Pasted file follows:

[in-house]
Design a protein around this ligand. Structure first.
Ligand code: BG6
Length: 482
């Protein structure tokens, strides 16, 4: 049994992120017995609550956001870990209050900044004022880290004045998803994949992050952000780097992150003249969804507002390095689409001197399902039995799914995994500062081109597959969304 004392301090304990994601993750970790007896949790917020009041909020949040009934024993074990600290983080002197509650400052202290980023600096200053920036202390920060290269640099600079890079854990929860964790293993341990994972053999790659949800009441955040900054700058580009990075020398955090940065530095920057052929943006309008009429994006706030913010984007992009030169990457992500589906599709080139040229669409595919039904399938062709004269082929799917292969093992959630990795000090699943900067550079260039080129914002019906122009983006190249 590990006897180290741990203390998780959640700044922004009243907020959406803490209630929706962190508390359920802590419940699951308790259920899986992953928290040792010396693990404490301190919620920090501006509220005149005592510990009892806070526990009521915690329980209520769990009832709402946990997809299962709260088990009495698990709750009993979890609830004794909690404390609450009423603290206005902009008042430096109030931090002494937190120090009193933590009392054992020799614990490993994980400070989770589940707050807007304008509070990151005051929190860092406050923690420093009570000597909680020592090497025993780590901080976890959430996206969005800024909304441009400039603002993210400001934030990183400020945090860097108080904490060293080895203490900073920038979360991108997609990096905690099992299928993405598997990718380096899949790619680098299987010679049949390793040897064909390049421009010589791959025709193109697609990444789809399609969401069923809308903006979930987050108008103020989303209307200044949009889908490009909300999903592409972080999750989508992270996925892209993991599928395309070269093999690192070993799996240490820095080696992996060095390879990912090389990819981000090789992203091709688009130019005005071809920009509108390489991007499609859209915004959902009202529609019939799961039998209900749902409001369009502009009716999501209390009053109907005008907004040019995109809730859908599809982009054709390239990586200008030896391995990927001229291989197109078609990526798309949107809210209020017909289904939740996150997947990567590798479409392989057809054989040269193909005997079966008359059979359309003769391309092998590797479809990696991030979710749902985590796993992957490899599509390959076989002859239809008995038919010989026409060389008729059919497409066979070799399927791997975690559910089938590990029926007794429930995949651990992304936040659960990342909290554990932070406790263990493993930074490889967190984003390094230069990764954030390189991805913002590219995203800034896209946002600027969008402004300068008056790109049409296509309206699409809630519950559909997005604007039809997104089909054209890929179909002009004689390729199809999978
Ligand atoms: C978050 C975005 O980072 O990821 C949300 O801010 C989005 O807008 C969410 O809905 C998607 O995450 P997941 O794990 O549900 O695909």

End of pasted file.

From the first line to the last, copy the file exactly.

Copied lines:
[in-house]
Design a protein around this ligand. Structure first.
Ligand code: BG6
Length: 482
């Protein structure tokens, strides 16, 4: 049994992120017995609550956001870990209050900044004022880290004045998803994949992050952000780097992150003249969804507002390095689409001197399902039995799914995994500062081109597959969304 004392301090304990994601993750970790007896949790917020009041909020949040009934024993074990600290983080002197509650400052202290980023600096200053920036202390920060290269640099600079890079854990929860964790293993341990994972053999790659949800009441955040900054700058580009990075020398955090940065530095920057052929943006309008009429994006706030913010984007992009030169990457992500589906599709080139040229669409595919039904399938062709004269082929799917292969093992959630990795000090699943900067550079260039080129914002019906122009983006190249 590990006897180290741990203390998780959640700044922004009243907020959406803490209630929706962190508390359920802590419940699951308790259920899986992953928290040792010396693990404490301190919620920090501006509220005149005592510990009892806070526990009521915690329980209520769990009832709402946990997809299962709260088990009495698990709750009993979890609830004794909690404390609450009423603290206005902009008042430096109030931090002494937190120090009193933590009392054992020799614990490993994980400070989770589940707050807007304008509070990151005051929190860092406050923690420093009570000597909680020592090497025993780590901080976890959430996206969005800024909304441009400039603002993210400001934030990183400020945090860097108080904490060293080895203490900073920038979360991108997609990096905690099992299928993405598997990718380096899949790619680098299987010679049949390793040897064909390049421009010589791959025709193109697609990444789809399609969401069923809308903006979930987050108008103020989303209307200044949009889908490009909300999903592409972080999750989508992270996925892209993991599928395309070269093999690192070993799996240490820095080696992996060095390879990912090389990819981000090789992203091709688009130019005005071809920009509108390489991007499609859209915004959902009202529609019939799961039998209900749902409001369009502009009716999501209390009053109907005008907004040019995109809730859908599809982009054709390239990586200008030896391995990927001229291989197109078609990526798309949107809210209020017909289904939740996150997947990567590798479409392989057809054989040269193909005997079966008359059979359309003769391309092998590797479809990696991030979710749902985590796993992957490899599509390959076989002859239809008995038919010989026409060389008729059919497409066979070799399927791997975690559910089938590990029926007794429930995949651990992304936040659960990342909290554990932070406790263990493993930074490889967190984003390094230069990764954030390189991805913002590219995203800034896209946002600027969008402004300068008056790109049409296509309206699409809630519950559909997005604007039809997104089909054209890929179909002009004689390729199809999978
Ligand atoms: C978050 C975005 O980072 O990821 C949300 O801010 C989005 O807008 C969410 O809905 C998607 O995450 P997941 O794990 O549900 O695909």